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About the Hamptons and tourist info

N Ys Long Island is the largest island on America’s East Coast — 1,682 square miles l. It is 120 miles eastward m New York City, traveled by the notoriously clogged Long Island Expressway (LIE, or I-495) and including two New York City boroughs (Brooklyn and Queens), congested commuter villages, the farmland and wineries of the North fork, and the world-famous summer resorts of the Hamptons and Montauk on the South Fork.

The waterfront villages of the Hamptons, some dating from the 1600s, stretch west to east from Westhampton Beach to Amagansett; at the end is the fishing community of Montauk. Both locals and the frequent rich and famous summer here, and they all come for what’s possibly the nation’s finest stretch of white-sand beach. Rolling farmland and vineyards, Breathtaking mansions and ranches, and blue skies and sunshine add to the mystique.

The “Hampton mystique” began in Westhampton Beach. In 1870, residents began renting out rooms to travelers who reached the area on the nacent Long Island Railroad. Soon the practice spread and then was not long before the Hamptons had become a resort area of some fame. Now a days the Hamptons are full-blown summer resorts, drawing vacationers, summer-home owners, and twentysomething “summer share” renters out to the south fork by the carload between Memorial and Labor days.

Just east of Westhampton Beach, Quogue and East Quogue are part of the Greater Westhampton area. Quogue’s stately Victorians repose along tree-lined streets, contemporary mansions line the ocean along Dune Road. In East Quogue, acres of farmland and pine forest,still exist as well as beautiful bay and ocean beaches, In contrast; Main Street shopping and lively nightlife.

The town of Southampton was established in 1640 by the English and was the first settlement in New York State. With its Historical Museum, Southampton has a Colonial feel, and its Job Lane’s shopping district oozes chic and old money. Windsurfers enjoy three bays: Peconic, Noyac, and Shinnecock ( also a popular diving spot).

The farming area of Water Mill is the nation’s only community with a functional, working water mill and windmill. Elegant Bridgehampton, just east of Water Mill, has antiques shops, art galleries, and restaurants where you can sip wine made in local vineyards. This is also horse country, and Bridgehampton is home to the Aristocratic annual Hampton Classic Horse Show and the Mercedes-Benz Polo Challenge.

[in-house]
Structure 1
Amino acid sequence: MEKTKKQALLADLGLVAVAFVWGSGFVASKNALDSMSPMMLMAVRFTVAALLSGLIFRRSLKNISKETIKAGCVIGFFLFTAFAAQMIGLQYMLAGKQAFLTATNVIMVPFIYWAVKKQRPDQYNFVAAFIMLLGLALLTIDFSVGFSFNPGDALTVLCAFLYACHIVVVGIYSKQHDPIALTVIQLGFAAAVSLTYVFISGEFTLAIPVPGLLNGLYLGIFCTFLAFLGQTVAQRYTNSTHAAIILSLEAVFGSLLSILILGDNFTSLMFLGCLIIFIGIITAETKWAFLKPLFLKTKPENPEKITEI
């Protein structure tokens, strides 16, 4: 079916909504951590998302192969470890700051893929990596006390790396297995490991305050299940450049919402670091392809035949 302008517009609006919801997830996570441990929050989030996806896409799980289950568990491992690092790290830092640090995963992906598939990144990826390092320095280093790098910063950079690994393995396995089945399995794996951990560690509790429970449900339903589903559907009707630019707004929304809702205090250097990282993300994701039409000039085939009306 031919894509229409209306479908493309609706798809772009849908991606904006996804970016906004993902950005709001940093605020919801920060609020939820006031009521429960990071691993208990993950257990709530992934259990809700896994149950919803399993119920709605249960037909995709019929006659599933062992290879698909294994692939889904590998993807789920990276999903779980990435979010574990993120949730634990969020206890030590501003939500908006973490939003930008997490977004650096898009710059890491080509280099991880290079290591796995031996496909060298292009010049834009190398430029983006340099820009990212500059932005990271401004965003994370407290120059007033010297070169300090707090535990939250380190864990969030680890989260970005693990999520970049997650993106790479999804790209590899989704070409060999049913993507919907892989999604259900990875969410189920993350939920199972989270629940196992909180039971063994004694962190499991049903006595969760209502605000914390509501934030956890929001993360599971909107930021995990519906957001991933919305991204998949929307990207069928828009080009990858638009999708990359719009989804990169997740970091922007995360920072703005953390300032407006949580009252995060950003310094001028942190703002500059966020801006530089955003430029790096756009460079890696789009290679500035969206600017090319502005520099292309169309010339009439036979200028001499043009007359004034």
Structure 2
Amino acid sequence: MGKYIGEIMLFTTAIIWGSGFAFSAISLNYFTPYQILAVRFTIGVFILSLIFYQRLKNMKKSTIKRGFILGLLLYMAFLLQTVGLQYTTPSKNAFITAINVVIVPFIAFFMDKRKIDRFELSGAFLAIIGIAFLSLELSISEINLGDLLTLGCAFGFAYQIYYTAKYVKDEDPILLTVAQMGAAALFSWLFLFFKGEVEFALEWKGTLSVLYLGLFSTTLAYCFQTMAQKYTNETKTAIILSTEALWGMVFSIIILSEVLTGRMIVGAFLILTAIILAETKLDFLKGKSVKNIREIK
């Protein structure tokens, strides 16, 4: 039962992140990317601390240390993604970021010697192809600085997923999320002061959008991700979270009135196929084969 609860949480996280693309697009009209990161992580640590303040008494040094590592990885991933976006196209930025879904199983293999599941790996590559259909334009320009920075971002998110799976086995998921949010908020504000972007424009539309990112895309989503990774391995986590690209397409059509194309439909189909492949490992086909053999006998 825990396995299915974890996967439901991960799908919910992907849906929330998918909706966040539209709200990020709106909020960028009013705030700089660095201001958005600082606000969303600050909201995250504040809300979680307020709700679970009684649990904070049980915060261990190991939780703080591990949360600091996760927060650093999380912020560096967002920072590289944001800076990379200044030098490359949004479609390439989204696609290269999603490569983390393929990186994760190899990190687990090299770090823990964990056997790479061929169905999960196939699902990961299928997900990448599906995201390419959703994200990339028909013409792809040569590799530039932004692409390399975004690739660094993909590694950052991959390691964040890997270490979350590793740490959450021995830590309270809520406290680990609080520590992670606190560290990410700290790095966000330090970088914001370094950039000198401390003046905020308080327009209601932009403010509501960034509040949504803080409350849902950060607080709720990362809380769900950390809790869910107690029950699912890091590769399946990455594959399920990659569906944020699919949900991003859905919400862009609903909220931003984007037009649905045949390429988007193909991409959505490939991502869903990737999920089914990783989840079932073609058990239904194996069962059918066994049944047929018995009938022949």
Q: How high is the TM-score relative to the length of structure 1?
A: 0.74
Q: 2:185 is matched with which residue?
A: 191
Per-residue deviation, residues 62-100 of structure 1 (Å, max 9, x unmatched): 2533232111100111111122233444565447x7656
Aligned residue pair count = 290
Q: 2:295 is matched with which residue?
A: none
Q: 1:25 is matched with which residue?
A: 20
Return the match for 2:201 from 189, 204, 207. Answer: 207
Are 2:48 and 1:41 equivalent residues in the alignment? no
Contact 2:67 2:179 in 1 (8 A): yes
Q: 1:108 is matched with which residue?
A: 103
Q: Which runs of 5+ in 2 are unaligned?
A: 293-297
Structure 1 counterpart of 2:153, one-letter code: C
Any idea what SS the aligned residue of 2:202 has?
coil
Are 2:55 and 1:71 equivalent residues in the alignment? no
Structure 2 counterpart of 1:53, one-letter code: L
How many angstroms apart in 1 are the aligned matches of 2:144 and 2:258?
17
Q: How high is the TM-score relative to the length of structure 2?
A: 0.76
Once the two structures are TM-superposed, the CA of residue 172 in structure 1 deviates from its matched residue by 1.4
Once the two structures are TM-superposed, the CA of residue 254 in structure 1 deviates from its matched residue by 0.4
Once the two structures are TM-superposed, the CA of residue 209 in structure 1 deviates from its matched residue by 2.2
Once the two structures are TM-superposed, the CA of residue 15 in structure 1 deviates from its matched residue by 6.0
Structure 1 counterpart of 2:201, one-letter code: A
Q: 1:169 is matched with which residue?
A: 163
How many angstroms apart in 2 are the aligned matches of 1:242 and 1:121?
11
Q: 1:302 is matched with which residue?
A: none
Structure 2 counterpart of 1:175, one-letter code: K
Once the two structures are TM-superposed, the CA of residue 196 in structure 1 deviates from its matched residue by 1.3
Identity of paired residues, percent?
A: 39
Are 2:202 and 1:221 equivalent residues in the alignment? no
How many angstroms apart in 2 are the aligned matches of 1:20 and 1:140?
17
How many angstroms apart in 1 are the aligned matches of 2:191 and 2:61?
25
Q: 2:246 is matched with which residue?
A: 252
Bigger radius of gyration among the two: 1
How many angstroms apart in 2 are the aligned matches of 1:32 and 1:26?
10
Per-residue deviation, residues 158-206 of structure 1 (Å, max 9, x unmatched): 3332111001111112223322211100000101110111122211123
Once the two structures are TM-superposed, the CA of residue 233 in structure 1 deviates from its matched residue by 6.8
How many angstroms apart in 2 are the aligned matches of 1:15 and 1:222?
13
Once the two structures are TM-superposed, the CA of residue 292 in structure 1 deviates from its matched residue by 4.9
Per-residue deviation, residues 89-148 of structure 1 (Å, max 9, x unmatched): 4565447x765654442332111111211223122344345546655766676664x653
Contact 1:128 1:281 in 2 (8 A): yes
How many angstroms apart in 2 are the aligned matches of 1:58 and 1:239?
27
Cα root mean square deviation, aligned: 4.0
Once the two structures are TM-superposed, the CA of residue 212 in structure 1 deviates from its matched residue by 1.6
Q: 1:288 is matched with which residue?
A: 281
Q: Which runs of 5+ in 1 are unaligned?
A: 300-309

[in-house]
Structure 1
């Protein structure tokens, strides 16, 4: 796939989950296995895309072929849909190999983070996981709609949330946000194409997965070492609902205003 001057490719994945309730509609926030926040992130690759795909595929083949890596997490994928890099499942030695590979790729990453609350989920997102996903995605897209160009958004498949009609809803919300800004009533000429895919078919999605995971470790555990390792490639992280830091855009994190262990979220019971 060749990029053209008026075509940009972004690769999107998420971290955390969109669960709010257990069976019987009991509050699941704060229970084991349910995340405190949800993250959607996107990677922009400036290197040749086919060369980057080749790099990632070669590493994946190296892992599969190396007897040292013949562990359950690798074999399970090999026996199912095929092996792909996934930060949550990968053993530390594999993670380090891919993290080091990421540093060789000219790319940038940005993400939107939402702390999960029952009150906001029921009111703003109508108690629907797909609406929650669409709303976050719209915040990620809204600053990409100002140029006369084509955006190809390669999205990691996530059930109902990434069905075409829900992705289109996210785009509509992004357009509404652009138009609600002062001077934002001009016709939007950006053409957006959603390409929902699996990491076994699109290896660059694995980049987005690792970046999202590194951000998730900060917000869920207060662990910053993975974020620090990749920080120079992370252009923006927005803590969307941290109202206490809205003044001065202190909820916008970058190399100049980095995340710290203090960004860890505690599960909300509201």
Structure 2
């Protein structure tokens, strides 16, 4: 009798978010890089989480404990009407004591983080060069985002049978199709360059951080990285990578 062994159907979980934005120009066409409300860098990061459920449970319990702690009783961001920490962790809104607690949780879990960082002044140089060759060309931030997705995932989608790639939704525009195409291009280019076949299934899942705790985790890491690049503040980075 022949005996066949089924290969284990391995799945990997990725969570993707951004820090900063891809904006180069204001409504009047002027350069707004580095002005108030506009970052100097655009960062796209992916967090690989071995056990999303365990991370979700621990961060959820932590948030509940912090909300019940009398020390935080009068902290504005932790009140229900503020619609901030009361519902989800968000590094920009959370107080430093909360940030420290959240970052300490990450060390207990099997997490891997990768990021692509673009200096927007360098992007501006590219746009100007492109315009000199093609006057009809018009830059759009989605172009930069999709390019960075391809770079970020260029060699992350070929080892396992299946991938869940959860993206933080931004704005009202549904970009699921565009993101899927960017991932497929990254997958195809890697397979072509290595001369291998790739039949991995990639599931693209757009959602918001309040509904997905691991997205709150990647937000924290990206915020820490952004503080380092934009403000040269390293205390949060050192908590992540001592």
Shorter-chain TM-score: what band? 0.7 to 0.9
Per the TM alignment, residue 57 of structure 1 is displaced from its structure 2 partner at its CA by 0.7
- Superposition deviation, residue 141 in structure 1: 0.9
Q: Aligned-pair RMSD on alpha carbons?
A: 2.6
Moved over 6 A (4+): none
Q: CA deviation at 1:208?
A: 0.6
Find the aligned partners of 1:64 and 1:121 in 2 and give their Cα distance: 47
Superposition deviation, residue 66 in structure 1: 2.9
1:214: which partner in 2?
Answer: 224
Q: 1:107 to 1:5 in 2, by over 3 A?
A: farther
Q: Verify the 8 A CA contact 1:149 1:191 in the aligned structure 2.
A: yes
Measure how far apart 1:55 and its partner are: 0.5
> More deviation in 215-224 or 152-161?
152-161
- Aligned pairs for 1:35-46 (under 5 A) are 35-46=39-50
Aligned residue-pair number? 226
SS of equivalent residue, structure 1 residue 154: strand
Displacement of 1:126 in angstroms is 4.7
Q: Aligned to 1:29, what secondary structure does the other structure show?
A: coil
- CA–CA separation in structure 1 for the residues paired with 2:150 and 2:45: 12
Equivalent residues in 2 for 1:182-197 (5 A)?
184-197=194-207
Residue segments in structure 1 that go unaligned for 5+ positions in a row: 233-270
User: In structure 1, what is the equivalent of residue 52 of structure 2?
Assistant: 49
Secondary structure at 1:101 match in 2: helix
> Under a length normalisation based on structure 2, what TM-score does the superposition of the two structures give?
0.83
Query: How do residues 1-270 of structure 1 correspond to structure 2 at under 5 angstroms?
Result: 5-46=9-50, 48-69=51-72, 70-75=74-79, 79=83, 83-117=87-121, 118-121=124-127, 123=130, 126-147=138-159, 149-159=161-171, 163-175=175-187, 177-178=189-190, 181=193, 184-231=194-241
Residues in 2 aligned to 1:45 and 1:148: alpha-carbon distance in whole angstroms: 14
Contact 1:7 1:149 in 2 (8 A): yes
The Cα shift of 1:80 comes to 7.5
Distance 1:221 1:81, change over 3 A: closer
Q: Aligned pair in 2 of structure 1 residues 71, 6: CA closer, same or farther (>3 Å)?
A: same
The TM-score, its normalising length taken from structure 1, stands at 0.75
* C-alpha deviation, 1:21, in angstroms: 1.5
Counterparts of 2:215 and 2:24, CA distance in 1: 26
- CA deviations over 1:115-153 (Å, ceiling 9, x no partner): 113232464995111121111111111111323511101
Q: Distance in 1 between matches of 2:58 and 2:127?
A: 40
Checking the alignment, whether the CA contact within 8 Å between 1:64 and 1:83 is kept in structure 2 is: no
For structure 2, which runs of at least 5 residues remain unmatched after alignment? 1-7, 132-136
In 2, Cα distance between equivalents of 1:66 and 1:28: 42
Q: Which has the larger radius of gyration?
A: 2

The gem of the Hamptons, East Hampton was founded by farmers in 1648, and farming remained its main industry until the 1800s, Around then the town began to develop into a fashionable resort. East Hampton’s wealth and Puritan heritage now combine into a particularly understated prosperity, and much of the village remains similar to the 18th century roots. Amagansett is a Native American word meaning “place of good water,” and from its beginning, the town has a tranquility that is perfectly suited to fishing and offshore whaling.

At the easternmost end of the island, Montauk stands in contrast to the sophisticated villages, with its seaside hotels, vibrant fishing and boating community, and surfer-studded beaches. The Montauk Point Lighthouse is the oldest operating lighthouse in the state and the fourth oldest in the U.S.

The North Fork, across the Great Peconic Bay from the Hamptons and the South Fork, is known for its quiet villages, rustic farm stands, and burgeoning wine industry. New England-style hamlets such as Jamesport, Cutchogue, and Southold are peppered with homy restaurants and quirky shops that seems from another era. Clean, uncrowded beaches lie to the south on Great Peconic Bay and to the north on Long Island Sound.Note that most L.I beaches require non resident visitors to obtain a beach permit at the village hall.these are sold on a day or week basis and generally cost less than $20

Shelter Island sits between Long Island’s North and South forks. Visit only by boat (there’s regular ferry service), the 11½-square-mi island offers escape from the summer traffic and crowds of the Hamptons. Quiet country roads wind across the island’s rolling terain, nearly a third of which has been set aside as a nature preserve that’s a bird-watcher’s heaven.

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